It is unsurprising that Russian forces are suffering from poor morale given all these conditions.
Russia’s re- — renewed attempt at an offensive is a sobering reminder that President Putin is not giving up on his aspirations to take all of Ukraine. And as long as Russia continues its brutal assault, we have to continue to support the Ukrainian people in their self-defense, because his intentions are clear. You heard the President talk about this last week.
He basically said that if Western weapons to Ukraine stopped, Ukraine would have a week to live. So, to ensure that we can continue to do that, it’s critical that Congress step up and pass the supplemental request that the President put forward last week, which included a significant amount of resources for Ukraine for their self-defenses, for their humanitarian and economic needs.
It’s time now to move forward with that supplemental funding, because time clearly is not on our side or on — or on that of Ukraine going forward.
So, with that, I’ll take some questions.
MS. JEAN-PIERRE: Go ahead.
Q The President, yesterday, John, said he has “no confidence” in the death toll numbers presented by the Palestinians in Gaza. What’s he basing that on? How did he reach this conclusion?
MR. KIRBY: Well, we all know that the Gazan Ministry of Health is just a front for Hamas. It’s a — it’s run by Hamas, a terrorist organization. I’ve said it myself up here: We can’t take anything coming out of Hamas, including the so-called Ministry of Health, at face value.
Q Okay. And then, secondly, the President is talking more about a humanitarian pause and reviving the Israeli-Palestinian peace process. What’s prompting this — this tone shift?
MR. KIRBY: So, two thoughts here, Steve. For one, the President has never backed away or never stopped affirming the need for a two-state solution. Since coming into office, we’ve been working on that very hard.
And I know it’s a lofty goal, and it’s taken a lot of people a long time to try to get there, and we haven’t gotten there. But he’s not stopped working towards that goal. And he still believes, as he said yesterday, that when this conflict is over, that still has to be the goal we’re driving to: a state for Palestinians that they can live in peace and security and justice.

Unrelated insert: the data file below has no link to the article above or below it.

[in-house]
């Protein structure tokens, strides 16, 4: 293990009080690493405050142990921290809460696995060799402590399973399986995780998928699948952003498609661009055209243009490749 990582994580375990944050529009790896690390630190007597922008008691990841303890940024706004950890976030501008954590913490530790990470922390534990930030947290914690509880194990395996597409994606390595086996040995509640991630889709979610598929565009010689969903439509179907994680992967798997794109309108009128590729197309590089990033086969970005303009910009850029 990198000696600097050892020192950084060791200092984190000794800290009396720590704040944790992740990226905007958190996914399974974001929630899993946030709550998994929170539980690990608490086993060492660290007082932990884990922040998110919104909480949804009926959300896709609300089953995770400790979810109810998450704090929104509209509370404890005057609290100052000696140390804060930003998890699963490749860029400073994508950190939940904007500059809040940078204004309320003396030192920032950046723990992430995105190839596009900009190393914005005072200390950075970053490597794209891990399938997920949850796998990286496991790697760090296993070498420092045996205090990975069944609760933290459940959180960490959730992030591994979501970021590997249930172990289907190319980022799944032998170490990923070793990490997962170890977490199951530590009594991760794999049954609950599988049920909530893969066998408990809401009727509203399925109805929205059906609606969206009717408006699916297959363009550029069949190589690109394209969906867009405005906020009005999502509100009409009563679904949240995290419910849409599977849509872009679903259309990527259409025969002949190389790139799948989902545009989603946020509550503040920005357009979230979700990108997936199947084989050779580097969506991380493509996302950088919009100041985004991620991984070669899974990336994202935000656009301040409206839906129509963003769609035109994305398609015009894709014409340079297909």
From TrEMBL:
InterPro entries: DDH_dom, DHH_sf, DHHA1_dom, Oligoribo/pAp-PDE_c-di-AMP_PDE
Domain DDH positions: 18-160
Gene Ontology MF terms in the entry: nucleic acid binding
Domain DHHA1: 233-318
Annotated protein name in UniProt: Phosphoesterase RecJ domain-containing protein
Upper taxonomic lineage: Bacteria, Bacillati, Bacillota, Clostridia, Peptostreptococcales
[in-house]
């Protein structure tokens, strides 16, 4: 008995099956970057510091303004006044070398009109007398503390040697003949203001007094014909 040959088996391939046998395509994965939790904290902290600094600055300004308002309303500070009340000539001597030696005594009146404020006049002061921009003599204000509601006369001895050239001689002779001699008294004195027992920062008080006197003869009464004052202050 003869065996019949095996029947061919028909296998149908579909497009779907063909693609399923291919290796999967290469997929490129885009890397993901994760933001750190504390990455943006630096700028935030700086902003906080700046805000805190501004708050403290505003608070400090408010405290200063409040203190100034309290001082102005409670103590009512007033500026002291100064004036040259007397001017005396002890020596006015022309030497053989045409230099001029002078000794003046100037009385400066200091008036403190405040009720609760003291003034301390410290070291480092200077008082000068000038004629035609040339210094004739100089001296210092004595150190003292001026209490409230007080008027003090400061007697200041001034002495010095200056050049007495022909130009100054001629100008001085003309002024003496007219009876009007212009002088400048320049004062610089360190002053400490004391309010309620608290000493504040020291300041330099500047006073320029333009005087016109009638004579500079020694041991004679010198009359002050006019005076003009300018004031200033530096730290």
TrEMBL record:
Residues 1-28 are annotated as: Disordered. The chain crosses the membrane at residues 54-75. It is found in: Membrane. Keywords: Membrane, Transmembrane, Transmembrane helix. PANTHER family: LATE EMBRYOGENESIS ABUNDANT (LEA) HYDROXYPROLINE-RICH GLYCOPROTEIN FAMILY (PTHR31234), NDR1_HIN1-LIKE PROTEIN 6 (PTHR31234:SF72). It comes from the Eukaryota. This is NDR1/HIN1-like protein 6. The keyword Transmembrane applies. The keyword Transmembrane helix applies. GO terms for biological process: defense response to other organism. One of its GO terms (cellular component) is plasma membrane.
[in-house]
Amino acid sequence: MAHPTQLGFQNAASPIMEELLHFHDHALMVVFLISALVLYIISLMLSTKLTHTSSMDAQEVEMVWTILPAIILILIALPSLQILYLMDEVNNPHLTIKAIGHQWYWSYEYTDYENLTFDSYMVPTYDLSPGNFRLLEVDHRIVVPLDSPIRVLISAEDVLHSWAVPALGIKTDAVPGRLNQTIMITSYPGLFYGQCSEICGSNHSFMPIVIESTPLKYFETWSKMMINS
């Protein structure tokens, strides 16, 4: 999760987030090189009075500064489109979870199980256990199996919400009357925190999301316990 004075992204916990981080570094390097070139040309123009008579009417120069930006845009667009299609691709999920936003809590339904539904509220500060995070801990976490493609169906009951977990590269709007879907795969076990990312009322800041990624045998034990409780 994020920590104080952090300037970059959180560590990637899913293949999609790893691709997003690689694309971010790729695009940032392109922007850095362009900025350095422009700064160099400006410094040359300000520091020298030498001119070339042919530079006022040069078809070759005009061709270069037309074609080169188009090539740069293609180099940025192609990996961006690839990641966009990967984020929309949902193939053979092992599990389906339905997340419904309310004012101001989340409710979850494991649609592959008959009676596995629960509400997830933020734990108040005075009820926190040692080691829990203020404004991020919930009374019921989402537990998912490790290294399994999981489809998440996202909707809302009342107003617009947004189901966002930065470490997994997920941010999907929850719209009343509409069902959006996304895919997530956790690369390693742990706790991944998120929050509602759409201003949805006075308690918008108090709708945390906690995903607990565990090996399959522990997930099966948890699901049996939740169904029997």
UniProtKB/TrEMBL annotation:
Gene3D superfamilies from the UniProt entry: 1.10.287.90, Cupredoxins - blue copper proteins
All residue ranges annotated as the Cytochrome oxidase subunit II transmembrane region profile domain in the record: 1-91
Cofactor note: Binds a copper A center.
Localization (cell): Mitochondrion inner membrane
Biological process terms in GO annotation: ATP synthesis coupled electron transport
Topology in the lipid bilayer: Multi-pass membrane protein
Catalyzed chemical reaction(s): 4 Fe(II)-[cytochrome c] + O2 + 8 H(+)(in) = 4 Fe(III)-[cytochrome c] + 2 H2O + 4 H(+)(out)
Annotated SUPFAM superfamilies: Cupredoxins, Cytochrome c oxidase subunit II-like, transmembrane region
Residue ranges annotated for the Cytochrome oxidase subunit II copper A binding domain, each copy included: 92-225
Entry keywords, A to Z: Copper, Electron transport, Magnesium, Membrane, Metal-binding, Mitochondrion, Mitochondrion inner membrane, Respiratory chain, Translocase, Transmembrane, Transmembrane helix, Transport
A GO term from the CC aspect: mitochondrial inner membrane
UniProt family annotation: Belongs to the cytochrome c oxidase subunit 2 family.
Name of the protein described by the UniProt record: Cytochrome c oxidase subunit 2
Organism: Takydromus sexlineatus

That is a strategic long-term goal. In a tactical sense, as Secretary Blinken said, we do think that there should be consideration made right now for humanitarian pauses. These are localized, temporary, specific pauses on the battlefield so that humanitarian assistance can get in to people that need it or they, the people, can get out of that area in — in relative safety. That’s what a humanitarian pause is, and we think it’s an idea worth exploring.
MS. JEAN-PIERRE: Go ahead, Peter.
Q Just to follow up on the first thing that Steve asked you, quickly, about the President’s lack of confidence in the numbers that we’re getting out of Gaza right now. As you noted, the Gaza Health Ministry is run by Hamas. But to be clear, the President and the White House — you don’t dispute that thousands of Palestinians, many of them innocent civilians, have been killed by Israeli strikes so far, do you?
MR. KIRBY: Of course not. We — we absolutely know that the death toll continues to rise in Gaza. Of course, we know that. But what we’re saying is that we shouldn’t rely on numbers put forth by Hamas and the Ministry of Health.
Q So, they say it’s more than 7,000. Is there any way to assess how many it is? Are you sug- — I mean, the President said — it was pretty dramatic moment when he said, “Yeah, we don’t have any confidence in that.”